By Dr. Nicole Gross, Change Team, ARCH
Imagine the following two scenarios. First, you are a fully digitalised patient. You see the online doctor every so often, you have wearable technology devices that track your every move, and you are fully plugged into a database that holds your medical records and makes sense of the continuous stream of data which you produce. But you are lonely and feel like no one truly cares about you. Second, you are empowered, fully self-tracking and managing your healthcare. You are in charge and only choose to commission your healthcare provider to validate what your technology has already told you. But you forgot to monitor symptoms or miss vital clues, and you become seriously ill.
Both scenarios speak to the question of what digital healthcare and technology does to the patient, his/her behaviours and interactions with others. As we are getting more interested and perhaps reliant on integrating technology into the delivery of healthcare, we have developed a finer understanding of its co-constitutive relationships. On one side, we construct and develop the technology which we hope will make our healthcare more patient-centred, effective and cost-competitive. On the other side, as users of technology, we are becoming what the technology allows us to become – a new type of patient. Illustratively, technologies like the fitbit, jawbone or the Nike fuelband allow us to track our every move and heart rate. My fitness pal allows us to monitor our calories in and calories out. Electronic health records give us a 360 degree view of our health and big data enables complex predictictions of what might happen to us. With these tools, we become digitalised and connected patients. However, at the same time, these technology tools set up an expectation and channel our behaviours. Now you think about how many steps you should take, how you want to manage your data or how you engage with your healthcare provider. All of a sudden, we are deeply entangled in a web of technology and human agency, a complex web which the digital patient patients needs to navigate in order to optimise their health and well-being journey.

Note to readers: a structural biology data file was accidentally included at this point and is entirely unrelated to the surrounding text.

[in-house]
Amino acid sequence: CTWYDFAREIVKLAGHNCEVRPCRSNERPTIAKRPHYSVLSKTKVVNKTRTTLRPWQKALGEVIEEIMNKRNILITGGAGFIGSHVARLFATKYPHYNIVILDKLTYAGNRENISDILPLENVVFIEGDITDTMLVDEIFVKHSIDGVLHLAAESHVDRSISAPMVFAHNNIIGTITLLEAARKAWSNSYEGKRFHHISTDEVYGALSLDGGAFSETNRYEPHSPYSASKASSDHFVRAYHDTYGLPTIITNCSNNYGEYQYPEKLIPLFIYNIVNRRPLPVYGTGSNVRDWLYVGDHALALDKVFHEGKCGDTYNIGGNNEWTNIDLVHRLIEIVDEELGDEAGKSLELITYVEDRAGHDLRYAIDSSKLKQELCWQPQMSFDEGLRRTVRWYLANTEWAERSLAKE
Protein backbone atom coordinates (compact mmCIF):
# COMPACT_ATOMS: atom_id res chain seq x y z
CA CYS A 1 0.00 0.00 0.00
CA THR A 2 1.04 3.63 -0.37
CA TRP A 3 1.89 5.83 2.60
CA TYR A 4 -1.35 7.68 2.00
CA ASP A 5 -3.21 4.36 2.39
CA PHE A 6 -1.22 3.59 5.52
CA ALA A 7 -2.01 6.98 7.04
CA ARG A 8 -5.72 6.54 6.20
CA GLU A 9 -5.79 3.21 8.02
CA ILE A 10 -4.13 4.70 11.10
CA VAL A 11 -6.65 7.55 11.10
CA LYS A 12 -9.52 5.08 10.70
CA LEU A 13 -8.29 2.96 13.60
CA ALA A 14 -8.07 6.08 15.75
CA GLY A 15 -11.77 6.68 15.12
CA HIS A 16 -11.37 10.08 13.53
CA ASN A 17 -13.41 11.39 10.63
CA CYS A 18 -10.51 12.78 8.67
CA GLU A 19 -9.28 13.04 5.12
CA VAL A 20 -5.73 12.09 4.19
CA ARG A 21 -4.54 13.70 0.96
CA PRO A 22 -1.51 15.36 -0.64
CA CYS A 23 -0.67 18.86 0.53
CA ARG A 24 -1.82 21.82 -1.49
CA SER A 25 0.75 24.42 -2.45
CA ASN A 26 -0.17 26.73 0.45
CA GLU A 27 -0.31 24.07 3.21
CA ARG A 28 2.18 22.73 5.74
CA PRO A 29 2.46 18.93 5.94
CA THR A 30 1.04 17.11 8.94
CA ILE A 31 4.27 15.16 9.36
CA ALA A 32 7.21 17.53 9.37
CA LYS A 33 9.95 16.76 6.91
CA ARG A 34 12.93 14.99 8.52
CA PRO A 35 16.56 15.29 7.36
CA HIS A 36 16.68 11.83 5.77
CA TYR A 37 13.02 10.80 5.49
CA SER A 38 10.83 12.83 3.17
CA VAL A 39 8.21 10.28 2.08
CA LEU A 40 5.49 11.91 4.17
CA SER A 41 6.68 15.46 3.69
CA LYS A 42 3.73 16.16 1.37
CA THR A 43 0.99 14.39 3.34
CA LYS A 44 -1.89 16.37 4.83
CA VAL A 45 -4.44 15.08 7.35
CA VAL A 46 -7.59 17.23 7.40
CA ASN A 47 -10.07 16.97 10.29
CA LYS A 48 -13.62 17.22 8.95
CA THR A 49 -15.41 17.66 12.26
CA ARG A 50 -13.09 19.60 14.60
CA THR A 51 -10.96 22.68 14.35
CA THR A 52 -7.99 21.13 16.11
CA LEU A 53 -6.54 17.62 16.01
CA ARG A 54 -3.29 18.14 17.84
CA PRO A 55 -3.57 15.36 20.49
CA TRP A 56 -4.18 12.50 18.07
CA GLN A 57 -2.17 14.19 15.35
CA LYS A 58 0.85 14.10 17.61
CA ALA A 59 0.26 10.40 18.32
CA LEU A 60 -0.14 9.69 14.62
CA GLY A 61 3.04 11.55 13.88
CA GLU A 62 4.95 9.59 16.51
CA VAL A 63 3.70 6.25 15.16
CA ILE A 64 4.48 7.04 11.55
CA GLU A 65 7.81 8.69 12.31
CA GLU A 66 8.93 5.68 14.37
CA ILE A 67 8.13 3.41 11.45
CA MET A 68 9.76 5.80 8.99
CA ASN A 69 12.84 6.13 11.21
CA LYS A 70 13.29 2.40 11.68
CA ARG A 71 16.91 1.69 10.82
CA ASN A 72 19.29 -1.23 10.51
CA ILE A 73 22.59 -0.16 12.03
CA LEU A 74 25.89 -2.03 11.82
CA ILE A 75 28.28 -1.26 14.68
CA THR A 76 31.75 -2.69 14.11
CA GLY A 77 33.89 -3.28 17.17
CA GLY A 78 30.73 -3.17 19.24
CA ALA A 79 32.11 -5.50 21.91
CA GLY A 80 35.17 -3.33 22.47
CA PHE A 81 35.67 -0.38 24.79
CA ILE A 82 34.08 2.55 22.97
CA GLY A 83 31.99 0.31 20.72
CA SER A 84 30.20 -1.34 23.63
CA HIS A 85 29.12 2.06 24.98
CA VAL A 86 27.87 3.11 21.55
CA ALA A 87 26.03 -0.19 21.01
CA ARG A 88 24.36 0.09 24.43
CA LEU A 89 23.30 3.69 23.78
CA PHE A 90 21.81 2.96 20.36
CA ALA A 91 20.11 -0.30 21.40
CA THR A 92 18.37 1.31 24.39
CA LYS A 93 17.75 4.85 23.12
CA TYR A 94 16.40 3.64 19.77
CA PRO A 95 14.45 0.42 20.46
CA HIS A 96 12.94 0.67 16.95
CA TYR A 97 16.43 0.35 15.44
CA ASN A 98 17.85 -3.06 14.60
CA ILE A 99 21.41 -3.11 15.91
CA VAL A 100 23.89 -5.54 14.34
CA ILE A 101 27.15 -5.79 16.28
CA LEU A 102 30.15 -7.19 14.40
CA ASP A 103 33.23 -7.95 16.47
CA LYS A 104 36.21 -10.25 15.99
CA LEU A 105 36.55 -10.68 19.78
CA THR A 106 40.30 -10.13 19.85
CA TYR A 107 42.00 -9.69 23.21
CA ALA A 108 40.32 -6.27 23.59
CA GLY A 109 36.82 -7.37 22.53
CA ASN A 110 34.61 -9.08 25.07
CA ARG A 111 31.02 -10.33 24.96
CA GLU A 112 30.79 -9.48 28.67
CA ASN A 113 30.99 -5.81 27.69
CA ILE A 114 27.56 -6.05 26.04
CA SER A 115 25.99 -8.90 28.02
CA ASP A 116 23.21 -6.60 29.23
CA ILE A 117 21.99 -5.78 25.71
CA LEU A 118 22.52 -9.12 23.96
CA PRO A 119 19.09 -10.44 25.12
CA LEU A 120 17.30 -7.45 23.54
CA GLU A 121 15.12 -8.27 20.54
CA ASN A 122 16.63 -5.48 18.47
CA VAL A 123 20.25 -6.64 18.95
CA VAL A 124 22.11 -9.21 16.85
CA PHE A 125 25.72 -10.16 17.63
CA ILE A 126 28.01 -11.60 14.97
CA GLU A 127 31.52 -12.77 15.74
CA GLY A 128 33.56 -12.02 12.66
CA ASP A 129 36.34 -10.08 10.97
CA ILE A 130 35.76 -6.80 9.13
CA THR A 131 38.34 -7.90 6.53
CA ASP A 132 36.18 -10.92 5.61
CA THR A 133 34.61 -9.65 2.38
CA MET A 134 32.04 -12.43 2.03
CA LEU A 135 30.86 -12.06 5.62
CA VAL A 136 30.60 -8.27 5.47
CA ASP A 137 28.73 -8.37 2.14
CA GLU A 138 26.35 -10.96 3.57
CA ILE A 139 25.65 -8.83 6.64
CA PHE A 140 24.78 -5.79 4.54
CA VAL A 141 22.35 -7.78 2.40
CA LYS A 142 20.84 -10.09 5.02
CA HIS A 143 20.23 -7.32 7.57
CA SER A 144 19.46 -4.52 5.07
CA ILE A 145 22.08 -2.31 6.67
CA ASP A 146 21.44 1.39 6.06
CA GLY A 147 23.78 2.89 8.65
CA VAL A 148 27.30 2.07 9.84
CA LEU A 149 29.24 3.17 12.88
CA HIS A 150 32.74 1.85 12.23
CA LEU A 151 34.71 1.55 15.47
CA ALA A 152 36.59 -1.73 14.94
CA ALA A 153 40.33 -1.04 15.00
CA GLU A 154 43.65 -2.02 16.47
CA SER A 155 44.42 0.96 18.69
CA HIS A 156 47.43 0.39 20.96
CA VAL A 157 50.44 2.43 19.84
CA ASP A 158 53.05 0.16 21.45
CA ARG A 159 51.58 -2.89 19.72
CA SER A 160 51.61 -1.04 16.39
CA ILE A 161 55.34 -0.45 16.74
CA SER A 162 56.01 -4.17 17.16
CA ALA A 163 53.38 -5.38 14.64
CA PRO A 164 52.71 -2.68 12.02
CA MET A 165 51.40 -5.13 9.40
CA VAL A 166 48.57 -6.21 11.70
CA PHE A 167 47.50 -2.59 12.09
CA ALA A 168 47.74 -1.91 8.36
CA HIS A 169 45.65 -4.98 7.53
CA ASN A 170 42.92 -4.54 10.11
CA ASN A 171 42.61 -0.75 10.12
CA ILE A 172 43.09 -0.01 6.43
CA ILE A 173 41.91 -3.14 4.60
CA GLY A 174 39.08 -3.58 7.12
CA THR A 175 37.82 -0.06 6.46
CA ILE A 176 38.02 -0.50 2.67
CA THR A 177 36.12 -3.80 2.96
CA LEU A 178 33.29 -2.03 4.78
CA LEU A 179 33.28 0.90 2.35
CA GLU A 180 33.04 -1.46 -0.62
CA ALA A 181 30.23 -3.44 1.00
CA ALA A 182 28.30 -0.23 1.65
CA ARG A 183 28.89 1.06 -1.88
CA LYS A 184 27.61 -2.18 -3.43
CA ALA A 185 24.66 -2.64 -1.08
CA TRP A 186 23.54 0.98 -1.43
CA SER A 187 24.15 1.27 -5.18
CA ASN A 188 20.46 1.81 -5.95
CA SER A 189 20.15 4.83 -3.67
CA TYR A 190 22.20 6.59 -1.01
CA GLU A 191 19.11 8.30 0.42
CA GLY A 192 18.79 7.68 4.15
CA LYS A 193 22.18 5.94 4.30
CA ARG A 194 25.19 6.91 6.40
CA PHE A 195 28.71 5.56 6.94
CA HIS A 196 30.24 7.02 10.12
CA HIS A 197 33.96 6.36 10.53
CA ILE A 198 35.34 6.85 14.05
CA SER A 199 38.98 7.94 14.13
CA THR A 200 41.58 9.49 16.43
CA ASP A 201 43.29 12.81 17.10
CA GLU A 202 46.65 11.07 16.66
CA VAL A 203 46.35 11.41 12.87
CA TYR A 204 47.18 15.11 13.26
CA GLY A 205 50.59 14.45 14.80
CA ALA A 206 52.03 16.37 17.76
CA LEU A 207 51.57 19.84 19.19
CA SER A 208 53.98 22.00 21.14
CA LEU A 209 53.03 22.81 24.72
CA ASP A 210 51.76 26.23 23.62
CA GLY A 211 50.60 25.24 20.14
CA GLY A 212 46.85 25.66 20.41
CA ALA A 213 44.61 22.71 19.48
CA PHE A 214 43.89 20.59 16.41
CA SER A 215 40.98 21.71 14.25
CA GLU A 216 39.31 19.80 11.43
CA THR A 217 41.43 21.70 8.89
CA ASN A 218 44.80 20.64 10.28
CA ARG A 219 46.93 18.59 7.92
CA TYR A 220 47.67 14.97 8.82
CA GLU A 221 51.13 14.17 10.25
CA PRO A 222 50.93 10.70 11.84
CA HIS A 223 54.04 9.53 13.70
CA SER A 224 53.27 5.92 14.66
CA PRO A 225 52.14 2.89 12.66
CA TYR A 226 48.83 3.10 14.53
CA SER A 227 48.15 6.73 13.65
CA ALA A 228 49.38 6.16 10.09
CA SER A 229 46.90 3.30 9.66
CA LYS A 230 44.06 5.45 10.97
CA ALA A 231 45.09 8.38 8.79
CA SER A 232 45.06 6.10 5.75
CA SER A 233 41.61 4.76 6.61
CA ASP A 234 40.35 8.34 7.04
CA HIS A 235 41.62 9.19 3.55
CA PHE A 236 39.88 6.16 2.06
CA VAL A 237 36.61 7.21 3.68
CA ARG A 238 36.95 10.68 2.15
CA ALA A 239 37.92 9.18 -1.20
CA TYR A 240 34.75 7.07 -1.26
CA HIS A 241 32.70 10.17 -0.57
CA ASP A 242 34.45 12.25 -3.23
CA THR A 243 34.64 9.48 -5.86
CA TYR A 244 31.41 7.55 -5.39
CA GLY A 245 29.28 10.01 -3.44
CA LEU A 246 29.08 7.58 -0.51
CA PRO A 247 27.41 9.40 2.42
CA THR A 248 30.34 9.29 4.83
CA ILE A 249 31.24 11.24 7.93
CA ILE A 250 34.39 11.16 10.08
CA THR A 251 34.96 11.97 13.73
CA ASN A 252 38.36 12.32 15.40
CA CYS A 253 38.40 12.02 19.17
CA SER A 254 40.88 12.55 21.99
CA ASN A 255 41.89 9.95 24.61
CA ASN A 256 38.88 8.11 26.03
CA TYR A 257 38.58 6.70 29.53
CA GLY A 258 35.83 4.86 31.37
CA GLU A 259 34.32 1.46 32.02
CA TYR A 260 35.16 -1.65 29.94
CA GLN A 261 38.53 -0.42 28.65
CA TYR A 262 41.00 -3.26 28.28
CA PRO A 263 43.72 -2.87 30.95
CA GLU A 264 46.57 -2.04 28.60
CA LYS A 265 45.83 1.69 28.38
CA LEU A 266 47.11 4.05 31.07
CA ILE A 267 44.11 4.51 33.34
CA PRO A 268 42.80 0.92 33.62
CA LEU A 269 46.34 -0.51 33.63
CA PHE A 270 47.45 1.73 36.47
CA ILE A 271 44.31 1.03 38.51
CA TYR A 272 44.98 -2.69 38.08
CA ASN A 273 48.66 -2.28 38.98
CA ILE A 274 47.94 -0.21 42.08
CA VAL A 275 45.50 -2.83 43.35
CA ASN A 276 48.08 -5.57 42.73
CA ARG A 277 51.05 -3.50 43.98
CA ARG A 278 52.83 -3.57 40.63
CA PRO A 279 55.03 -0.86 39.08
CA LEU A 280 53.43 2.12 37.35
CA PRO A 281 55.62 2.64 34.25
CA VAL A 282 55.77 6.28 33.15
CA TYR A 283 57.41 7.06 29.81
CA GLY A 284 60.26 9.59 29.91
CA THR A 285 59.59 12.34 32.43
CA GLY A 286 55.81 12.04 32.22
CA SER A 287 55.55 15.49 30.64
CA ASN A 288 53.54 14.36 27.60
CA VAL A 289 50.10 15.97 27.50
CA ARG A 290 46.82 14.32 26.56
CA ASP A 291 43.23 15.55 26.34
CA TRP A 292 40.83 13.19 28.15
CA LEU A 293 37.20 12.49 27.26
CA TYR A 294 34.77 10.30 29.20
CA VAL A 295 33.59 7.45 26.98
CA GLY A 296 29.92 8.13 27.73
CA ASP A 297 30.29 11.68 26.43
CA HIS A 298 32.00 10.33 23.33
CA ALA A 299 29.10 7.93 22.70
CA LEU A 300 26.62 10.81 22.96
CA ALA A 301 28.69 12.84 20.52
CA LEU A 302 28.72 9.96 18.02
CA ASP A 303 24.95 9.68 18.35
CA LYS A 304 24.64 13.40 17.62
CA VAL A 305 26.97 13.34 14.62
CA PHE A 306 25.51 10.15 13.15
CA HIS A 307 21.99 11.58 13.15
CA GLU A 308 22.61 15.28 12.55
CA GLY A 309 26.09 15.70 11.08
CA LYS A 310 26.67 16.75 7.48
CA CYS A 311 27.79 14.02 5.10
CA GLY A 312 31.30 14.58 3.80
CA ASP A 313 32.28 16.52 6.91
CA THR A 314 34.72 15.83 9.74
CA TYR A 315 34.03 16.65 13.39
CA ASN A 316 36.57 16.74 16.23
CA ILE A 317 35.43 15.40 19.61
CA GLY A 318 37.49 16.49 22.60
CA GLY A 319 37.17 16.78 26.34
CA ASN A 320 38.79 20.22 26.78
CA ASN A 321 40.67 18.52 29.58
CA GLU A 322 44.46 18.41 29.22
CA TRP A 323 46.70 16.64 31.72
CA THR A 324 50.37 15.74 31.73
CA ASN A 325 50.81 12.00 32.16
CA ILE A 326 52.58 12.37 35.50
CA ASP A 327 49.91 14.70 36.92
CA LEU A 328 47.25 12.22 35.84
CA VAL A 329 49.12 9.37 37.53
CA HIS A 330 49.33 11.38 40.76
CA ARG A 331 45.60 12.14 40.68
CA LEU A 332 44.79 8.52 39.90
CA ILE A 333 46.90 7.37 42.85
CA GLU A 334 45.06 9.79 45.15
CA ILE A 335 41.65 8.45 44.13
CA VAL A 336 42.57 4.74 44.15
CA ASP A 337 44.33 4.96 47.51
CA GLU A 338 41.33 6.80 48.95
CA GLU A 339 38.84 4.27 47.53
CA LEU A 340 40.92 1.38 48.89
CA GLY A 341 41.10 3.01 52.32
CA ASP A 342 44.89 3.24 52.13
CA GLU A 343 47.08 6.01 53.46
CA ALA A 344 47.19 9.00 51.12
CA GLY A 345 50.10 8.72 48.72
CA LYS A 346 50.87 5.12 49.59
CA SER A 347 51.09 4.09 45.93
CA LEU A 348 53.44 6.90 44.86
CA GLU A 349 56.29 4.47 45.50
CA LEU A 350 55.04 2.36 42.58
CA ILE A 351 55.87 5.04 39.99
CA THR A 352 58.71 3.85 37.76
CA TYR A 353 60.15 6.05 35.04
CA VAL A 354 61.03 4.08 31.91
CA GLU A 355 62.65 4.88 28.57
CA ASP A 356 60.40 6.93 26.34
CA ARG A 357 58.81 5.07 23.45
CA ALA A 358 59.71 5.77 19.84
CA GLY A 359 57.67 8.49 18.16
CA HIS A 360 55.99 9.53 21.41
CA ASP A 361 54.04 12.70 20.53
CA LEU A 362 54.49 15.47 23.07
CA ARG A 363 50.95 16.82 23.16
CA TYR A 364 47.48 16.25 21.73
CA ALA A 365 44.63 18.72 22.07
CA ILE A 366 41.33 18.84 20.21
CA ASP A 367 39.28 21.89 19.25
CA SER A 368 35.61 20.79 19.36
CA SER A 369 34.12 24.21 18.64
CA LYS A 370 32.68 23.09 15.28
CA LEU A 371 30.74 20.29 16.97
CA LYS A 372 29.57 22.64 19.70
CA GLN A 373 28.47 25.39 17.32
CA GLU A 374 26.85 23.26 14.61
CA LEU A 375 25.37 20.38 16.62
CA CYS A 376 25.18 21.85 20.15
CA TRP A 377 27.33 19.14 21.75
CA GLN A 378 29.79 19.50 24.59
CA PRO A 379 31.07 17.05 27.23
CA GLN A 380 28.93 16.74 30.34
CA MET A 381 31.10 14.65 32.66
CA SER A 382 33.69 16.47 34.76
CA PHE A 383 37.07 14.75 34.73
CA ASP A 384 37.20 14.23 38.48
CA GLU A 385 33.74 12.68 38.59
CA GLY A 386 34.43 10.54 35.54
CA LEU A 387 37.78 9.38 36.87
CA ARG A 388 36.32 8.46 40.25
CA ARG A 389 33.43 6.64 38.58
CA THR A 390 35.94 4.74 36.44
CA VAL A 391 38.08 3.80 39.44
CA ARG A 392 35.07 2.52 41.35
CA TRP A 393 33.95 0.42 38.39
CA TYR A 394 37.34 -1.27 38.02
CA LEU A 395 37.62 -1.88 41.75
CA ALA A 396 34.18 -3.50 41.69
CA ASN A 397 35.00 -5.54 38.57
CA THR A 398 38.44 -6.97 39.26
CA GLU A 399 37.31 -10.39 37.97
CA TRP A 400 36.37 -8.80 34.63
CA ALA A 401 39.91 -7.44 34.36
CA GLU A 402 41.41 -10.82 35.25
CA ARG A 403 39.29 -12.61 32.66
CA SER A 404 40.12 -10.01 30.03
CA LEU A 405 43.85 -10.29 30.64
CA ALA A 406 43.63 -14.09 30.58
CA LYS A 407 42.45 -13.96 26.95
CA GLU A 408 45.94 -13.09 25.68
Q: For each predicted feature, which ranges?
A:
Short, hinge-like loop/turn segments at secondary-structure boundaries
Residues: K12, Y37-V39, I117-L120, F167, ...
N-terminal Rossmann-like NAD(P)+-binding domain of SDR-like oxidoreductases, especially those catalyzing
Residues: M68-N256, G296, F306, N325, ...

But how is a patient expected to behave in a digital world, in which s/he needs to express their individual needs whilst ensuring that the logics of digital healthcare still hold up to scrutiny. How do patients deal with the tensions of patient empowerment and self-management whilst being asked to strictly follow the rules of an medication adherence app? Through online programs and apps, patients are being asked to radically change their diet and lifestyle e.g. smoking, yet predictive data analytics relies on a lack of behaviour change in order to make accurate predictions. What if patients successfully self-manage their chronic conditions at the expense of social isolation and mental health?
As fictions and expectations in digital healthcare become realities, are we asking patients to take on too much? Can they be successful producers and consumers at the same time? Can we ask them to be both, the person who needs care and the managers of healthcare? Can we ask them to self-direct and yet listen to what healthcare professional have to say? Are we asking our patients to take on too many roles, identities and obligations at the same time? And, more importantly, how do we construct future technologies to give patients the opportunity to take on such new roles, identities and obligations?
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